After propagating through the AOMs, each channel was amplified up to 2.5 W. Measurements of the outputs from each of the amplifiers are provided in Fig. 3. The differing performances of each of the amplifiers was predominantly due to the different seed powers. This seed power variability was caused by the different insertion losses of the AOMs which ranged from 3.0 dB to 4.5 dB. The output power of each channel was adjusted to be equal by using individual diode driver current control. This is also illustrated in Fig. 3. Balancing of the output powers of each of the channels maximized the recombination efficiency of the filled aperture beam combination as well as maximized the power in the central lobe of the far field profile for the tiled aperture approach.
To test the performance of the phase control setup described in Section 2, a maximum phase dither amplitude was set for the SPGD algorithm, and the phase control was initiated. A representative output, using the Pyrocam III camera, of the filled aperture recombination is presented in Figs. 4(a) and 4(b) for the unlocked and locked cases respectively. Similarly Figs. 5(a)-(d) illustrate the output of the tiled aperture recombination.
In the unlocked filled aperture case, the power in the four output beams was temporally varying with power moving between the outputs. In the phase controlled (locked) case, the combined output beam intensity was maximized and the power in the three low power outputs was reduced to just above the background noise of the Pyrocam III camera.
For the tiled aperture recombination, the near field profile consisted of four collimated beams with a beam radius of 3.1 mm and an array pitch of 10 mm. This corresponded to a fill factor of 30%. The near field profile is provided in Fig. 5(a). Some diffractive effects are observable in each of the beams due to a slight amount of clipping of the beams by the other channel’s beam steering mirrors. In the unlocked case, represented in Fig. 5(b), the coherence between the channels was removed. In Fig. 5(c) each of the AOMs were driven at a common frequency and hence each channel underwent the same frequency shift. In this case, there was no control over the phases. The fringe pattern is scrolling in both the horizontal and vertical directions depending on the temporally varying phase relationship between each of the channels. In Fig. 5(d) the phase control electronics was activated and a stable intensity profile was generated.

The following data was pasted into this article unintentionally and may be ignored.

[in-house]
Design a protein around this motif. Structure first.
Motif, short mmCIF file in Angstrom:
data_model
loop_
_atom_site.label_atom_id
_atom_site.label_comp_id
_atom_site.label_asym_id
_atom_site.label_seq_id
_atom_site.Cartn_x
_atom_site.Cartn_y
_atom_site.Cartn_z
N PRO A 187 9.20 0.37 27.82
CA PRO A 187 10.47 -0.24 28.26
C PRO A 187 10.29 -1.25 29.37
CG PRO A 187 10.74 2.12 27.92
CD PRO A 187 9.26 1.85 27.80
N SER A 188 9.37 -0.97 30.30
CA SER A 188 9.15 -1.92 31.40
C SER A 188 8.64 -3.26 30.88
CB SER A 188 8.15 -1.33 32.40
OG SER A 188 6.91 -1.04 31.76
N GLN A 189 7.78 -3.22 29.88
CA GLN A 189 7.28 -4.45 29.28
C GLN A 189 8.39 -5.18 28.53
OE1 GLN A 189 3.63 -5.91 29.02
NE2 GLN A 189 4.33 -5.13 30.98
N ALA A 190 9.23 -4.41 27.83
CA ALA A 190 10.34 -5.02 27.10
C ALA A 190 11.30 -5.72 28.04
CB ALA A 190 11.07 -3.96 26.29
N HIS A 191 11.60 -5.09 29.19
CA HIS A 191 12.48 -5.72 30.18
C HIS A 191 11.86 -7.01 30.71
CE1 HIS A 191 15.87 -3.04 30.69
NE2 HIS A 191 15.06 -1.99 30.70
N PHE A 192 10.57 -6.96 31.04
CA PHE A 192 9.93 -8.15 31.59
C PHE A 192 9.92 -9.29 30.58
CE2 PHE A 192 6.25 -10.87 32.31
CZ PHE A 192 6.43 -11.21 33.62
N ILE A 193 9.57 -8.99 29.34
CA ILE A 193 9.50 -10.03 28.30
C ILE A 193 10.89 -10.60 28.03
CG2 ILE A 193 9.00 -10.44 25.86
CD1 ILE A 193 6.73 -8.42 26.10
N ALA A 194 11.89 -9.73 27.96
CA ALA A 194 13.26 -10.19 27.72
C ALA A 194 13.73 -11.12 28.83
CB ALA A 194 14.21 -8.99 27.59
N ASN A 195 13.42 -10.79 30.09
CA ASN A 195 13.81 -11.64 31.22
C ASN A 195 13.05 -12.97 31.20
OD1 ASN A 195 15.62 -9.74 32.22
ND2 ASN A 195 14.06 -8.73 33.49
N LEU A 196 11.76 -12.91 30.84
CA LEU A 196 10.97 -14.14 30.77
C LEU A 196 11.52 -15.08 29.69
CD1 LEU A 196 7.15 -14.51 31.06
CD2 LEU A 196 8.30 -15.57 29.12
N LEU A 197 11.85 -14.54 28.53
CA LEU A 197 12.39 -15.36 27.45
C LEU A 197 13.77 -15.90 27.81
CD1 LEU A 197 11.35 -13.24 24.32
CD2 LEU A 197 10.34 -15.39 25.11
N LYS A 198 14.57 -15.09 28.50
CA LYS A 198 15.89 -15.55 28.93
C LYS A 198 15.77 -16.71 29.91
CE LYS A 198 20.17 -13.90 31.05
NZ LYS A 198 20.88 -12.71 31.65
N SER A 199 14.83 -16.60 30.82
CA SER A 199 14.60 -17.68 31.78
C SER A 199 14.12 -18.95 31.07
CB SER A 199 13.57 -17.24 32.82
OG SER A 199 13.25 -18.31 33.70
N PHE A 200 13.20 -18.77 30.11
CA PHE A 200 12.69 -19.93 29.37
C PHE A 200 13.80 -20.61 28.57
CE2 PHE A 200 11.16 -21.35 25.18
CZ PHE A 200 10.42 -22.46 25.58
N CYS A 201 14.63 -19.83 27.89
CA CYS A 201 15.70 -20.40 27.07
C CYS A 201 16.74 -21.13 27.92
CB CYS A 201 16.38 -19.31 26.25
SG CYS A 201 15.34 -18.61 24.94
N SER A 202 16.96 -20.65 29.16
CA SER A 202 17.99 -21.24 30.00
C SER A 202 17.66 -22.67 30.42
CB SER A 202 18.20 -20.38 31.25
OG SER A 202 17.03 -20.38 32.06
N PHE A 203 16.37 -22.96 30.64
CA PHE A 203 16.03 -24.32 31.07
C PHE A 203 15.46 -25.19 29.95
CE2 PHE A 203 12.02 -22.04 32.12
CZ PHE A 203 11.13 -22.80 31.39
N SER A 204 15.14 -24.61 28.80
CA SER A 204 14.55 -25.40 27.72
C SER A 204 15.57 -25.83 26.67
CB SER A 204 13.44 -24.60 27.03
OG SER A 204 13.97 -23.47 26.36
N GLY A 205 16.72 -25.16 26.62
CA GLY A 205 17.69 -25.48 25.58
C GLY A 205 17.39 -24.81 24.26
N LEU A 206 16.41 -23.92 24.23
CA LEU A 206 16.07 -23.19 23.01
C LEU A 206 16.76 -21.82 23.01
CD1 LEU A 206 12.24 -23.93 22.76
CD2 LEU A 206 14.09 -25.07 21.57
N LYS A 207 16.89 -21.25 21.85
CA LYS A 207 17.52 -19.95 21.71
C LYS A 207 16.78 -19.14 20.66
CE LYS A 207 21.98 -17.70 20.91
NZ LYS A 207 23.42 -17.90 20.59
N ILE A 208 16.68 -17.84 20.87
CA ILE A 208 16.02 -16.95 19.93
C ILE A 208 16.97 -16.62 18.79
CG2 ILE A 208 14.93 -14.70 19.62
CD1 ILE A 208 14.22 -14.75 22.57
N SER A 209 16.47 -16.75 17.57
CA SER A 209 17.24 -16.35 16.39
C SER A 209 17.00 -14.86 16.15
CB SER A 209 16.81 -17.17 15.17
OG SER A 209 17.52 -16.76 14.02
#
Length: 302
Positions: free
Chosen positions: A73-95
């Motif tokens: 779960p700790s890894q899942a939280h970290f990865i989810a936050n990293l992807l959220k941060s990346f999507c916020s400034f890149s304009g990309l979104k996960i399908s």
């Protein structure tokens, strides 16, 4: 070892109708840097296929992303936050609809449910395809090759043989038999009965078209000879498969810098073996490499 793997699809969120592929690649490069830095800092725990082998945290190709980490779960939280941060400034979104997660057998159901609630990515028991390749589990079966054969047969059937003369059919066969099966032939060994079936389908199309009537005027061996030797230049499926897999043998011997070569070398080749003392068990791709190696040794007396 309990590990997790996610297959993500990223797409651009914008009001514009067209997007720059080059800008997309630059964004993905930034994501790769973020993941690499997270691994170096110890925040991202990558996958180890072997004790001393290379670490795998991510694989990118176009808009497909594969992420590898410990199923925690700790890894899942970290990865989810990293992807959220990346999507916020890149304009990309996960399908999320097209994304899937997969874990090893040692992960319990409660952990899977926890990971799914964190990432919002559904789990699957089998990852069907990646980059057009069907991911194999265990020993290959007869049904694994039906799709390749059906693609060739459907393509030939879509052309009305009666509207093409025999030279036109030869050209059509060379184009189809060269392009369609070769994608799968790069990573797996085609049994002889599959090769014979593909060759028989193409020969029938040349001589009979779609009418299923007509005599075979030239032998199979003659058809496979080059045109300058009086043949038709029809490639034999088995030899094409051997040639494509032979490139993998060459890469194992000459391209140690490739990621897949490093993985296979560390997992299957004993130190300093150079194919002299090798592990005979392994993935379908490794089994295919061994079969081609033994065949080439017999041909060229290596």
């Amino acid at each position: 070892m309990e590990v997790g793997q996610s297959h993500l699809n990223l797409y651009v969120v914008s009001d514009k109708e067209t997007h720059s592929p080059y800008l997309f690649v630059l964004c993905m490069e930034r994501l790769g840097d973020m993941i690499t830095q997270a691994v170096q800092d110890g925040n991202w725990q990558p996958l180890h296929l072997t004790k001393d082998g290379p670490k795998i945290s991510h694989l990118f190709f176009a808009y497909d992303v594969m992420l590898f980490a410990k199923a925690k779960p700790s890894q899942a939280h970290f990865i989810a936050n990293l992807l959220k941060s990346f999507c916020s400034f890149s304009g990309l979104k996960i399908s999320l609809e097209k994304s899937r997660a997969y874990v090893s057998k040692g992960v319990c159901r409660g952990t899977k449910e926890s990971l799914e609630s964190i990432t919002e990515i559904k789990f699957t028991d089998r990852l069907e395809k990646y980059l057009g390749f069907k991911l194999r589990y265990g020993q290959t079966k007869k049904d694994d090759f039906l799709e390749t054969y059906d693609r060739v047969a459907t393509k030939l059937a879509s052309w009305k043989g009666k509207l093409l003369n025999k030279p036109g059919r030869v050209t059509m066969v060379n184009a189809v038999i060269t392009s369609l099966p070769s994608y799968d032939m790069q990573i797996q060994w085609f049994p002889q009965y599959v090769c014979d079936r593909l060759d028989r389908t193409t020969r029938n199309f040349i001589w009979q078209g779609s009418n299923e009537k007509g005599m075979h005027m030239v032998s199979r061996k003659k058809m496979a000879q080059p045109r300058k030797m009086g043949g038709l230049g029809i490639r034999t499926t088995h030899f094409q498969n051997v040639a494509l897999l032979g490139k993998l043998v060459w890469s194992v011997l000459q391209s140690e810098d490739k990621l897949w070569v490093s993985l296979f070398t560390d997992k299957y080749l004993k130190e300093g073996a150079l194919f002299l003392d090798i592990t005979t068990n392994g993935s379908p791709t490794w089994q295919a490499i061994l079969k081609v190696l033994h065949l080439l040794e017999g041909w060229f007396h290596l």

The steady-state noise and the bandwidth of the system were studied as a function of the maximum phase dither amplitude. The system response time was measured by alternating the SPGD functionality between minimizing and maximizing the detector signal and measuring the time and hence number of iterations required to reach 90% convergence. These results arepresented in Fig. 6(a). Using the left hand axis, the convergence time is plotted as a function of the maximum permitted dither amplitude. The right hand axis shows the number of iterations required for convergence for the iteration time of 5.8 μs. As expected, the convergence time was dependent on the amplitude of the phase dithers. Once the detector signal converged on a maximum, the phase dithers associated with the SPGD optimization were then responsible for the residual phase misalignment between the channels in the combined output beam and hence intensity noise. Determining the optimum dither amplitude was a compromise between the bandwidth, and response time of the system, and the amplitude noise in the combined beam output. Figure 6(b) depicts an oscilloscope trace showing the convergence to a maximised output when using stochastic phase dithers on each channel up to a maximum of π/2. Due to the large phase changes that were occurring in each iteration, a maximised output was able to be achieved in less than four iterations. For an iteration time of 5.8μs, this corresponds to a convergence time of approximately 20 µs. The increased intensity noise that was consequential to allowing these large phase dithers to be applied is evident in Fig. 6(b) where the red arrow is pointing to a drop in the detector signal, which is proportional to the output beam intensity, of almost 50%. This drop in intensity occurred for half an iteration cycle and would have been caused by multiple channels undergoing large phase changes within the same iteration cycle.